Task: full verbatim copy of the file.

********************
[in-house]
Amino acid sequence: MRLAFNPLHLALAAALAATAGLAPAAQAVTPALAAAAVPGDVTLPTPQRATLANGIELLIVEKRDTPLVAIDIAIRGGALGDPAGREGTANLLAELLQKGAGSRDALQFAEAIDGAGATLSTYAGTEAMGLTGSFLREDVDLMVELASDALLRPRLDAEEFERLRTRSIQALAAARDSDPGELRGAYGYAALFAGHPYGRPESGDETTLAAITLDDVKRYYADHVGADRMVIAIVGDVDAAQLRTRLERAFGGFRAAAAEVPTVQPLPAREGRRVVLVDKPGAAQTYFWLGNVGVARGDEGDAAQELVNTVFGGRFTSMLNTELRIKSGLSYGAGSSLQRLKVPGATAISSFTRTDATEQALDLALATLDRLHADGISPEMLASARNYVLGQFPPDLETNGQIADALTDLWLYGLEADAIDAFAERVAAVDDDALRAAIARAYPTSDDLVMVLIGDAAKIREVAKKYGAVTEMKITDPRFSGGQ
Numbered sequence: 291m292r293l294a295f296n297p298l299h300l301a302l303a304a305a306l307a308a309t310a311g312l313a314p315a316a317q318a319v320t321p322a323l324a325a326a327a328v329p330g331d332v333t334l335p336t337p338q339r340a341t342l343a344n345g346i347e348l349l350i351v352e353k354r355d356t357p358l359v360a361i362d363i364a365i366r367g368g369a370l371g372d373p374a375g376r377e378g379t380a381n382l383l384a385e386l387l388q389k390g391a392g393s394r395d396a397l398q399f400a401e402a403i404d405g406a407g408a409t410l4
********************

[in-house]
Amino acid sequence: MRLAFNPLHLALAAALAATAGLAPAAQAVTPALAAAAVPGDVTLPTPQRATLANGIELLIVEKRDTPLVAIDIAIRGGALGDPAGREGTANLLAELLQKGAGSRDALQFAEAIDGAGATLSTYAGTEAMGLTGSFLREDVDLMVELASDALLRPRLDAEEFERLRTRSIQALAAARDSDPGELRGAYGYAALFAGHPYGRPESGDETTLAAITLDDVKRYYADHVGADRMVIAIVGDVDAAQLRTRLERAFGGFRAAAAEVPTVQPLPAREGRRVVLVDKPGAAQTYFWLGNVGVARGDEGDAAQELVNTVFGGRFTSMLNTELRIKSGLSYGAGSSLQRLKVPGATAISSFTRTDATEQALDLALATLDRLHADGISPEMLASARNYVLGQFPPDLETNGQIADALTDLWLYGLEADAIDAFAERVAAVDDDALRAAIARAYPTSDDLVMVLIGDAAKIREVAKKYGAVTEMKITDPRFSGGQ
Numbered sequence: 291m292r293l294a295f296n297p298l299h300l301a302l303a304a305a306l307a308a309t310a311g312l313a314p315a316a317q318a319v320t321p322a323l324a325a326a327a328v329p330g331d332v333t334l335p336t337p338q339r340a341t342l343a344n345g346i347e348l349l350i351v352e353k354r355d356t357p358l359v360a361i362d363i364a365i366r367g368g369a370l371g372d373p374a375g376r377e378g379t380a381n382l383l384a385e386l387l388q389k390g391a392g393s394r395d396a397l398q399f400a401e402a403i404d405g406a407g408a409t410l4